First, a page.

November is upon us, which means it’s time to turn in our ghoulish garb, pick through leftover Halloween candy, and start focusing on what really matters during the holiday season: food. We give thanks around a table set buffet-style for a reason, friends — because we’re all thankful for gravy, mashed potatoes, and pumpkin pie. Turkey Day traditions are getting a tad topsy-turvy, though, as social media is blowing up over a clear pumpkin pie, because it's 2017, and the world has officially gone mad.
To be honest, when I first came across chef Simon Davies' photo of his miniature pumpkin creation, I was sort of banking on it to spiral out of control into another "what color is this dress" scenario. It’s as though someone borrowed Harry Potter’s invisibility cloak, tossed it over a vibrantly orange pumpkin pie, added a dollop of whipped cream, and uploaded the final product to Instagram. Then I realized this wasn’t some made-for-internet optical illusion, but an actual recipe.
Now, normally, I’m a stickler for tradition, and I like to have everything just so, especially when it comes to the holiday season. I expect Thanksgiving dessert to include fresh slices of bright orange pie balanced over flaky crust and topped with either whipped cream or a single scoop of vanilla ice cream. But perhaps I'll make an exception this year for a piece of "distillation of pumpkin pie" prepared by Executive Chef Mike Bagale and Chef de Cuisine Simon Davies at Alinea, a Chicago restaurant.
So what, exactly, is a clear pumpkin pie?
Contrary to my initial assumption, clear pumpkin pie is not a magic trick, nor is it a practical joke.
The clear pumpkin pie is a translucent slice of holiday heaven, presented, as Vogue described it, as a “distillation of pumpkin pie set in gelatin.” I’m not sure whether this particular description makes me want to stick a fork in it, or display it as festive décor.
The not-so traditional dessert was constructed as an additive to Alinea's award-winning menu, and debuted on social media sometime in early September. Now that Halloween has come and gone, the clear pumpkin pie has come to everyone’s attention. But the fact that something like this was overlooked at all is astounding.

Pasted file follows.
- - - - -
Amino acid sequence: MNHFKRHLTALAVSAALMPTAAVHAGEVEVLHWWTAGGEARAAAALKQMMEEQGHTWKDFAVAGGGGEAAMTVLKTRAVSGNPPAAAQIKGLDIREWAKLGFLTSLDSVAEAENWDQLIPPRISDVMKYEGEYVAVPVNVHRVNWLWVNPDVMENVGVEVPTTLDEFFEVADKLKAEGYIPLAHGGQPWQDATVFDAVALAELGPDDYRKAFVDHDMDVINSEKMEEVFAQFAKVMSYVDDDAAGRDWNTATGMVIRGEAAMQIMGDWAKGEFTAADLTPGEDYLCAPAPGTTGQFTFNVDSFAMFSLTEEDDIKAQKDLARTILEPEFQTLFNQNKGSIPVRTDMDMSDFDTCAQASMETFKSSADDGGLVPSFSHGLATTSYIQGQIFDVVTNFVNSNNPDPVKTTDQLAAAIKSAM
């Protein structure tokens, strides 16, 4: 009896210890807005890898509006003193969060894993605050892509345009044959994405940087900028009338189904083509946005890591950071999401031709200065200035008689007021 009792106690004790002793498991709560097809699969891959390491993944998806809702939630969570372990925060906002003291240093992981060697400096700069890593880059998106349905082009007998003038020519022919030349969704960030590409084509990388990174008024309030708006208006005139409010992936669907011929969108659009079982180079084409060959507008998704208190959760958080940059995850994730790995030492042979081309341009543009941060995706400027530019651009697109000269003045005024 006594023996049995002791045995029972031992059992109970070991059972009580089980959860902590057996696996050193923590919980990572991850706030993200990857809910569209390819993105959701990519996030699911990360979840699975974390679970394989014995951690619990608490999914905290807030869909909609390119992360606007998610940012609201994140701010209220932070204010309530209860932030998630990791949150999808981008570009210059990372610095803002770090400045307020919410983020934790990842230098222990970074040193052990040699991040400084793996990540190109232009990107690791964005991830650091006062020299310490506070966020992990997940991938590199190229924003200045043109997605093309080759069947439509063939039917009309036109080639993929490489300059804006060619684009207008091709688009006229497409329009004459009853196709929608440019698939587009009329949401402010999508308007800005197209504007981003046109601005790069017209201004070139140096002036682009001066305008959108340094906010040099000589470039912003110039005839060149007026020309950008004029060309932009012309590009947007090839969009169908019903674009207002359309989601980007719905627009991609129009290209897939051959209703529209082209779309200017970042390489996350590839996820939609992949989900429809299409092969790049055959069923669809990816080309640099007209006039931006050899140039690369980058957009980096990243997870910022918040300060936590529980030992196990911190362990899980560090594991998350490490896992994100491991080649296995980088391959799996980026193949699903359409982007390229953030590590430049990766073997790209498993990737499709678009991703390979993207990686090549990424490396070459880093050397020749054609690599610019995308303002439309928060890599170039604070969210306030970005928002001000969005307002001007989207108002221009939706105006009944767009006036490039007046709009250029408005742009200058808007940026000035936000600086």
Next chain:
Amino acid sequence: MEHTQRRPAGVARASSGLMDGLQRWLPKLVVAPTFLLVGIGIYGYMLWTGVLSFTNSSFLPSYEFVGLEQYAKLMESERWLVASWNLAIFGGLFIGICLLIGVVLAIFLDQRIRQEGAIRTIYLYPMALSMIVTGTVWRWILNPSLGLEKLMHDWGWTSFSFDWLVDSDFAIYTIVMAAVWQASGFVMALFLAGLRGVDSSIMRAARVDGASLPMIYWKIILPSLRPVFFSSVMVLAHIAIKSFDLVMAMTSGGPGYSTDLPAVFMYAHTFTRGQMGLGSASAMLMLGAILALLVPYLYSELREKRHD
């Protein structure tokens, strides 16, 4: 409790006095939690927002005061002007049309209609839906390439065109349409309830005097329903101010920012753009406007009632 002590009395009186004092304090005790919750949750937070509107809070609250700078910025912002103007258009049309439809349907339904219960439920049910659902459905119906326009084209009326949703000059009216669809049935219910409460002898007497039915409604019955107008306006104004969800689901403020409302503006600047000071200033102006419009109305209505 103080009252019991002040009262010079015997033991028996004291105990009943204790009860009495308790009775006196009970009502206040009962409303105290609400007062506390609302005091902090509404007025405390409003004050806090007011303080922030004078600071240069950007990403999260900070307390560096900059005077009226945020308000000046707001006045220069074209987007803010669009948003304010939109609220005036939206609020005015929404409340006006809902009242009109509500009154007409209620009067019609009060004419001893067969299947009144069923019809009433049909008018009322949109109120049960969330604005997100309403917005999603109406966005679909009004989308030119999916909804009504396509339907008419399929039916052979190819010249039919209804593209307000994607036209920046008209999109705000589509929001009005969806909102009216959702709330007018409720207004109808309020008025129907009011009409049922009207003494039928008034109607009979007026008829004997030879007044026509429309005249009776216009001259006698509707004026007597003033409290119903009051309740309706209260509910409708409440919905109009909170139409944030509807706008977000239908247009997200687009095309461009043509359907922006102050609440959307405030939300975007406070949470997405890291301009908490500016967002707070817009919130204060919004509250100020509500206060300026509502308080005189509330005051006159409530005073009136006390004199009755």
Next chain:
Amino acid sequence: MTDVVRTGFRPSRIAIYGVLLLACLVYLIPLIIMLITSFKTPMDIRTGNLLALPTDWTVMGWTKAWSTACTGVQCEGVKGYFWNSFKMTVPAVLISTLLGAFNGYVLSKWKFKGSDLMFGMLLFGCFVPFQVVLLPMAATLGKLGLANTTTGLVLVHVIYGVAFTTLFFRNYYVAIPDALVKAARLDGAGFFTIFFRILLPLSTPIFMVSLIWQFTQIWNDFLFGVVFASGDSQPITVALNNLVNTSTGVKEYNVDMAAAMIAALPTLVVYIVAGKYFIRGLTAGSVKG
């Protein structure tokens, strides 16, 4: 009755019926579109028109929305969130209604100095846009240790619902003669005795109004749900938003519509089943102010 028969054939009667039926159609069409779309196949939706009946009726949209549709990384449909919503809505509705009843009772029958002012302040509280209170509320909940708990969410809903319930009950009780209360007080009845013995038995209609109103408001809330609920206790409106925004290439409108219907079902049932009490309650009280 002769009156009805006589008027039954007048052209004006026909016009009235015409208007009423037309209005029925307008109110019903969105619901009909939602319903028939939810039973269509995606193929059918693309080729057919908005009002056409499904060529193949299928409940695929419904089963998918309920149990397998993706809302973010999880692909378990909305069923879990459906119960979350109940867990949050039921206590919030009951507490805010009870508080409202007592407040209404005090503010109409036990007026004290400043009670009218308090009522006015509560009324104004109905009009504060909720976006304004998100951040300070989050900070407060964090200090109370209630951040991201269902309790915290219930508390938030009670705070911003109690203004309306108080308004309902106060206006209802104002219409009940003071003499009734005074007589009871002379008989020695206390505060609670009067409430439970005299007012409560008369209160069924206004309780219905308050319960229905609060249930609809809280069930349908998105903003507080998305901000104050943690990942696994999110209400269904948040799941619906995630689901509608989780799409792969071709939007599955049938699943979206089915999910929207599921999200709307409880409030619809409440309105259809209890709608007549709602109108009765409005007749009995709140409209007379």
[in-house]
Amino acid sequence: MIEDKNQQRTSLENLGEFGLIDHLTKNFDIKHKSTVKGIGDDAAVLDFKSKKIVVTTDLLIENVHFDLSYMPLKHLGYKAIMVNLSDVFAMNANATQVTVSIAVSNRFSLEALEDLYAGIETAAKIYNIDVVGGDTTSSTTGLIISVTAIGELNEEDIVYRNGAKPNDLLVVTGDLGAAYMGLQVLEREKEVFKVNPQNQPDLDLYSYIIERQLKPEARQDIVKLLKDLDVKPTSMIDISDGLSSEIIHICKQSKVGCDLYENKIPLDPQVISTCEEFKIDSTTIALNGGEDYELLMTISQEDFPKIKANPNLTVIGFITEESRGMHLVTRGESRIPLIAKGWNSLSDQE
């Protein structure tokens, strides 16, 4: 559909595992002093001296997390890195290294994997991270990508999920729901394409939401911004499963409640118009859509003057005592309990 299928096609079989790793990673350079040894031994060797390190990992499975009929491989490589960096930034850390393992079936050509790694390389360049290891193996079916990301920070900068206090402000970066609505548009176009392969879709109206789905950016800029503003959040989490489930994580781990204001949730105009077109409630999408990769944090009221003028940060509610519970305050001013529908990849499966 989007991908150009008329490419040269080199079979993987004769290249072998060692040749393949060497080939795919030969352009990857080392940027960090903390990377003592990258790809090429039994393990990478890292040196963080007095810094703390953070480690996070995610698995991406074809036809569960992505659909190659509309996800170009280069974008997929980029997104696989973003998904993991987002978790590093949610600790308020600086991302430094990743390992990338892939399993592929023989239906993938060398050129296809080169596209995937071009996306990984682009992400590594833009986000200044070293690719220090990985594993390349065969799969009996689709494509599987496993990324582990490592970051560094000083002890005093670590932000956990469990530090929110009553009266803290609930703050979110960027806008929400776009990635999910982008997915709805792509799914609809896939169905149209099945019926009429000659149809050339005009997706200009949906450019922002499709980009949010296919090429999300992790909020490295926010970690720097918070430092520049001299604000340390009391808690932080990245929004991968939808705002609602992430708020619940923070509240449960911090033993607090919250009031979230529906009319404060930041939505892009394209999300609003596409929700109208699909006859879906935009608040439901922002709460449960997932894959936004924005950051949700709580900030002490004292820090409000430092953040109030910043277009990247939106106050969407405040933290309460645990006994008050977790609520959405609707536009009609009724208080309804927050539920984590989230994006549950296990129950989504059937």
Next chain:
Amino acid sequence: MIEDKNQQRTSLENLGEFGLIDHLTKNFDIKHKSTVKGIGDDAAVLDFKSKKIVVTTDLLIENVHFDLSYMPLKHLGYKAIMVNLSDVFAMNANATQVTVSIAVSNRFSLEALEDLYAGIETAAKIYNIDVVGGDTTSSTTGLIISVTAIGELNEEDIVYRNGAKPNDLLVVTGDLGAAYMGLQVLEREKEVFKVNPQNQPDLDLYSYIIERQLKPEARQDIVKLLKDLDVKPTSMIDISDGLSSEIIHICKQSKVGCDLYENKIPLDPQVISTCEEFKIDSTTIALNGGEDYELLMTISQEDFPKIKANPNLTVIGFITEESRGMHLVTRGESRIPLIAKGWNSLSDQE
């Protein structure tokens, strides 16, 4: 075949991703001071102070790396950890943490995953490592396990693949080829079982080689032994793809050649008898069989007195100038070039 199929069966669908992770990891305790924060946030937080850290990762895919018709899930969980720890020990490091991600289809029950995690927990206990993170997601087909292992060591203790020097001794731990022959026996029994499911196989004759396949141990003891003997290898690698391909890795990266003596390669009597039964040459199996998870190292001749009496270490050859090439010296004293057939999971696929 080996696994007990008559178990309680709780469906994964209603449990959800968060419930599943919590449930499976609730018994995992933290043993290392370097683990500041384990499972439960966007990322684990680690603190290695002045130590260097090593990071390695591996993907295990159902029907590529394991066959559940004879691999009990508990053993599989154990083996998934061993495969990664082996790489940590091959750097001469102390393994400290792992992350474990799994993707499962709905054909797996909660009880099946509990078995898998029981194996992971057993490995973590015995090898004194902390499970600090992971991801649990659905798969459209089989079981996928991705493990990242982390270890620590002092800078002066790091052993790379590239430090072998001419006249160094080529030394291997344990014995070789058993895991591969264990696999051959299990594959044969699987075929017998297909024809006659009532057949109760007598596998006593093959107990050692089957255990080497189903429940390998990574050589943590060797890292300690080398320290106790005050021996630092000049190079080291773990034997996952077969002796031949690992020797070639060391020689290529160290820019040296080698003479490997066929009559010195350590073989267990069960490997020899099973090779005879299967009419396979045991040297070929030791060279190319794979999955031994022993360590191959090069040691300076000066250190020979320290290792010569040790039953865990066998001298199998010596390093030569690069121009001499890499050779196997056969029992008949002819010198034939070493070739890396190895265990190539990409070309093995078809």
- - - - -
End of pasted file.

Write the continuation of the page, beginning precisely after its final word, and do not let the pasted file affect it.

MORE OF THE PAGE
According to the restaurant's official website, the term “Alinea” is defined as “the beginning of a new train of thought.” Personally, I think it’s safe to say a clear pumpkin pie is on point with the eatery’s mission to serve progressive food offerings, don’t you?
Bagale told Vogue,
I wanted to do a distillation of pumpkin pie because it’s very technical and thought-provoking. I wasn’t sure how I wanted to serve the distillation, and Simon suggested setting it in a pie crust.
What’s cool about the dish is the juxtaposition between modern technique coupled with very classic technique, and when you taste it you get to appreciate the qualities of both.
One thing's for sure: This is definitely not your grandmother's pumpkin pie.
And you better believe Twitter has some feelings about Alinea's spin on the holiday staple.
Alinea basically went from 100 to zero real quick with its interpretation of what its chefs apparently think true pumpkin-obsessed peeps are craving. Taste is the priority, obviously, but clearly the warm, burnt-orange coloring of pumpkin pie is also important.
Aesthetic is everything, and even though the concept of clear pumpkin pie is intriguing AF, maybe the world's not ready to forgo tradition just yet.
But just in case you want to plate your own clear pumpkin pie for Thanksgiving, the recipe is readily available.
Thanksgiving, Friendsgiving — however you observe the holiday dedicated to grateful hearts and full stomachs, you’re most likely going into the celebration potluck style. Instead of contributing by picking up any remnants lying around the bakery on your way over, impress (or confuse) your squad with this clear pumpkin pie recipe.
Fair warning, though, making baked goods turn transparent is no small feat. It’s no magic trick, but there’s definitely manual labor involved. From what I can tell, you can definitely get away with either a traditional or store-bought pie crust, but the distillation process of the actual filling is where things get a little more complicated.
Bagale and Davies' pie filling recipe calls for cooked pumpkin, ginger powder, ground cinnamon, ground clove, sweetened condensed milk, sugar, salt, and gelatin sheets. The distilling magic happens via a rotary evaporator (aka a fancy tool to extract low boiling organic chemicals from the mixture — got one of those on hand?).
Once you can check that off the list and have added sugar and salt to taste, mold the gelatin into the base while it's cold before transferring everything to a mixing bowl over hot water to melt. Then pour into a bowl or individual tart shells and refrigerate.
You're basically pulling a major Martha Stewart here, but the Insta-stardom might be well worth the effort.
So, what do you think? Are you as shook as the rest of us?